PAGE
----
Comedy Central Newcomer Amy Schumer Collaborating With Judd Apatow

The veteran standup is looking to follow in the footsteps of Will Ferrell, Jason Segel and Kristen Wiig

Amy Schumer
Charles Sykes/Bravo/NBCU Photo Bank
Amy Schumer
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Amy Schumer opens her latest stand-up special, "Mostly Sex Stuff," with a sweet enough lead-in. "I finally just slept with my high school crush," the comedian says, walking the stage of San Francisco's Historic Fillmore Theater. Then the twist, like a knife: "Now he, like, expects me to go to his graduation."

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Laughter and grimaces. This is the gift of Schumer, a Comedy Central breakthrough whose jokes are a minefield of surprises and frank, uproarious bad taste. No wonder Judd Apatow wants to work with her.

The comedy kingmaker has signed on to produce Schumer's film debut, a movie she will script and star in – the kind of vehicle he's steered for stars like Will Ferrell, Jason Segel and Kristen Wiig, who took gross-out humor to new heights in Bridesmaids, a film that cleared nearly $300 million worldwide and lit up a long-overdue spotlight on women in comedy. Schumer already has a touch of Apatow-world cred: she plays a boozy best friend to Natalia (Shiri Appleby) in Girls' dark, penultimate season two episode, "On All Fours."

There are few comedy outlets where Schumer hasn't been seen recent years: a finalist on the fifth season of NBC's Last Comic Standing, she's shown up on 30 Rock and Curb Your Enthusiasm and was a show-stealer at Comedy Central's Roast of Charlie Sheen, where she took on the champ himself. "You have a slutty lower back tattoo on your face!" she told Mike Tyson (he loved it).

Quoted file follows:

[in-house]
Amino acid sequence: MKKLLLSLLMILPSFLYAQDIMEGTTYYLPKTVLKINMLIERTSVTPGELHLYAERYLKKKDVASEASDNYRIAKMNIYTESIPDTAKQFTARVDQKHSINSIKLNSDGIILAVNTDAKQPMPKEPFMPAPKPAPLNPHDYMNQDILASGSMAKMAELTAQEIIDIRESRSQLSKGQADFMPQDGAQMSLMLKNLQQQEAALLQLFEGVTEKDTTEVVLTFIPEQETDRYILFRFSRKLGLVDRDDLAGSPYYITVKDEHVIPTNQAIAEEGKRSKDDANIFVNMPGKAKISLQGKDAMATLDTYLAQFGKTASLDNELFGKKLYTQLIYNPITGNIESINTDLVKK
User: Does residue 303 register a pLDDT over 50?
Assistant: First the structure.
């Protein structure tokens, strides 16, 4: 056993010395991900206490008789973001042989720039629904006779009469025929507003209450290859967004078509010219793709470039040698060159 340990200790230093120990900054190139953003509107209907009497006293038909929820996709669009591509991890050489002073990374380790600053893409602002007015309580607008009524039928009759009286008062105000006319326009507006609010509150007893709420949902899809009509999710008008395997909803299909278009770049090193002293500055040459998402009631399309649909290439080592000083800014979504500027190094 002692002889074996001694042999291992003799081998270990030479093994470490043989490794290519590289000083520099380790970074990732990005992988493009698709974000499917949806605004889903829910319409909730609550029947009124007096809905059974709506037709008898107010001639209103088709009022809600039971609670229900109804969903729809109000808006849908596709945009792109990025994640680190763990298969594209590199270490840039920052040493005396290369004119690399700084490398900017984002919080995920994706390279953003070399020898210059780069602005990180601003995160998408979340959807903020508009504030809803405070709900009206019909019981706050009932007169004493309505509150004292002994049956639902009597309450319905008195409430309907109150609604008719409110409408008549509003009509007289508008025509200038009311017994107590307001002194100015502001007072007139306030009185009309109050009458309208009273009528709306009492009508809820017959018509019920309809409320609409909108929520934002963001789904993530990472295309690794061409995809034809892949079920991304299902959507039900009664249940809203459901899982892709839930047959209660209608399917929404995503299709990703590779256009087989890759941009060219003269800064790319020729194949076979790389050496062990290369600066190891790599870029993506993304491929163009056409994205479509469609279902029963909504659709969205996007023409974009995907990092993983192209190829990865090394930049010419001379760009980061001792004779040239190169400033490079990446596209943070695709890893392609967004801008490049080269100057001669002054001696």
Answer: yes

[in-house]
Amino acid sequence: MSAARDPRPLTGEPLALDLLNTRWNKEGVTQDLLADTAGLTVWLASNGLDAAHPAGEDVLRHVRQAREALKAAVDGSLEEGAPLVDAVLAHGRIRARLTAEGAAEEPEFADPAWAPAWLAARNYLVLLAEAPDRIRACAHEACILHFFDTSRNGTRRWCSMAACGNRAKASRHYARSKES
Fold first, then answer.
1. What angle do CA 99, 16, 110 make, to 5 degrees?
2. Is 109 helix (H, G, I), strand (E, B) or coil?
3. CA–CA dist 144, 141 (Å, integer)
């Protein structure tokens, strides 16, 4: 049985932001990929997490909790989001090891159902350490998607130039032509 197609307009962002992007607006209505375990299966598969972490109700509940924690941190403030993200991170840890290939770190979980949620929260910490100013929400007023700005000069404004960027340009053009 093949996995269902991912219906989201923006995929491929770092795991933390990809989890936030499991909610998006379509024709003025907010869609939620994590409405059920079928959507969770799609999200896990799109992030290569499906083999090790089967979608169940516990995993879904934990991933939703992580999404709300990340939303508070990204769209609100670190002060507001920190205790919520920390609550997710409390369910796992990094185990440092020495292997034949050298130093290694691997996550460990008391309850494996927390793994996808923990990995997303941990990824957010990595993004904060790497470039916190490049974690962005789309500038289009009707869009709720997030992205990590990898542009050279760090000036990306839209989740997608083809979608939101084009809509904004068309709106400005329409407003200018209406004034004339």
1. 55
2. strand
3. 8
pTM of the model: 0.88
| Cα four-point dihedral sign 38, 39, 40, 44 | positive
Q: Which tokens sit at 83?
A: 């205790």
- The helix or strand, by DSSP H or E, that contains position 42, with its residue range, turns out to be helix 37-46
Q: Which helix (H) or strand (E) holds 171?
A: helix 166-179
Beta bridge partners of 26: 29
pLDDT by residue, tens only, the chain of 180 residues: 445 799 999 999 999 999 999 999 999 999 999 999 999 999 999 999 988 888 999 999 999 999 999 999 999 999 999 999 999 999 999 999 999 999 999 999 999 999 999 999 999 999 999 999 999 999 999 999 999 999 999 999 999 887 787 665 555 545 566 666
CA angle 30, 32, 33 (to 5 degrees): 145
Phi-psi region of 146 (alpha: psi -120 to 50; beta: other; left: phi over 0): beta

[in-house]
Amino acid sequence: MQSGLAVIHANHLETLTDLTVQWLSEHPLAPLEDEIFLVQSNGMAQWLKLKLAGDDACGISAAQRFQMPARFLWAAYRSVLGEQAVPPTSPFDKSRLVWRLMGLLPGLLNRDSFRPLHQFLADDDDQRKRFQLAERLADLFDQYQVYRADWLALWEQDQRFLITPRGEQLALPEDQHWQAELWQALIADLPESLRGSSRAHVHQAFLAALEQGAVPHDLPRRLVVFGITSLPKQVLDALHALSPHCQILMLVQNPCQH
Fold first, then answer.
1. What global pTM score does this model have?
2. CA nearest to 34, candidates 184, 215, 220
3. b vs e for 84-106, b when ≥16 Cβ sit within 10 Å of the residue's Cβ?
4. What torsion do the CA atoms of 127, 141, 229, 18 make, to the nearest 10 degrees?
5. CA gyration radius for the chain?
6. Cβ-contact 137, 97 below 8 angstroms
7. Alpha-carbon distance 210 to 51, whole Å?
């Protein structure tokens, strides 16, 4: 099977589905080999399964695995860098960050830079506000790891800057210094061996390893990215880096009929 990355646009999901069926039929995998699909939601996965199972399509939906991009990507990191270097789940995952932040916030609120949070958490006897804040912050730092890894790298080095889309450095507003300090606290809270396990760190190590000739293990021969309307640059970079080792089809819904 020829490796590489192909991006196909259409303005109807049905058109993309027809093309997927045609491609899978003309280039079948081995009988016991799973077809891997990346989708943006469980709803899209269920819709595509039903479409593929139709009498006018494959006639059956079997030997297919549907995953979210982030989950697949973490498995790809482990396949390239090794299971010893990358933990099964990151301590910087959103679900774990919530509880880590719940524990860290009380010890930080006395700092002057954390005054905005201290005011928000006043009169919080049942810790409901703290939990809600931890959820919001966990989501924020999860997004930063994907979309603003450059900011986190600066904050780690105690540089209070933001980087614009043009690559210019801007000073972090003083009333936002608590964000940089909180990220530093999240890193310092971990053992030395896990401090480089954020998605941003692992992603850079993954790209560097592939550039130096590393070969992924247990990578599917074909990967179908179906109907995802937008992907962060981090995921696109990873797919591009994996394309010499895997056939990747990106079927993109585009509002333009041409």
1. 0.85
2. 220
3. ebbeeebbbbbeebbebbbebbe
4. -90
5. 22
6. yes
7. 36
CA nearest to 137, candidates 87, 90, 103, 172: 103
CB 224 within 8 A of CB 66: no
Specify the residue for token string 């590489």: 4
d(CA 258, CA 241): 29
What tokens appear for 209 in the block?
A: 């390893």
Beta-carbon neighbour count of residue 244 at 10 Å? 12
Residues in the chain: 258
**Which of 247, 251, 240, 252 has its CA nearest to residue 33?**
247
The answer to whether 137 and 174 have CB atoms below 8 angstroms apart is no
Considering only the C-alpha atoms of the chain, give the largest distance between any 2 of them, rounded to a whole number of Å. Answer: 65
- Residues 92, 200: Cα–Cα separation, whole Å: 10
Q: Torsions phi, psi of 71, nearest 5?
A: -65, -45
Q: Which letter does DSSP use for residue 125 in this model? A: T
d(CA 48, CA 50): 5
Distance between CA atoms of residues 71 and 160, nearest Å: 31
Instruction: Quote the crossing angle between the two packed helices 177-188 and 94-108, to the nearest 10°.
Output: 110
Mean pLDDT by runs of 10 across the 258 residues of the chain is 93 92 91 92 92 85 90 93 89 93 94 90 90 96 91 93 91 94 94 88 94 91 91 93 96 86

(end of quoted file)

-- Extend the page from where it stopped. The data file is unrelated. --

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So far, details on her film are scarce – Deadline.com reports only that Apatow is helping to "develop the story and shape the script" for eventual Universal Pictures production. But Schumer's other projects make the direction clear. "Mostly Sex Stuff" lives up to its billing, offering ribald, fearless comedy on subjects from genital maintenance to Plan B – which she riffs on taking before going to yoga, "mid-aborsh." In the sequence that closes the show, she eviscerates a friend's transformation from a party girl to a Connecticut housewife with a story that concludes with a feat right out of Taxicab Confessions.

Her stand-up is sex-positive, pro-alcohol and generally consequence-free, but on Inside Amy Schumer, her Comedy Central freshman sketch show, she's often the butt of the joke, sending unrequited sexts or in-bed disappointed after a threesome gone wrong. It finds her poking fun at gender roles and even reversing them, as in a crass, clever sketch set at the fictional O'nutters, a male answer to Hooters. And she's taken the chance to stretch her satire beyond the personal, playing characters from a bossy magazine editor to a slobby, incoherent reality show contestant. The high-rated show's already been picked up for a second season, giving Schumer another year to gather fans and gear up for a leap to film, but with her potent grasp of the Apatow wheelhouse – sex, awkwardness and the bathroom humor of plumbers' nightmares – the sooner, the better.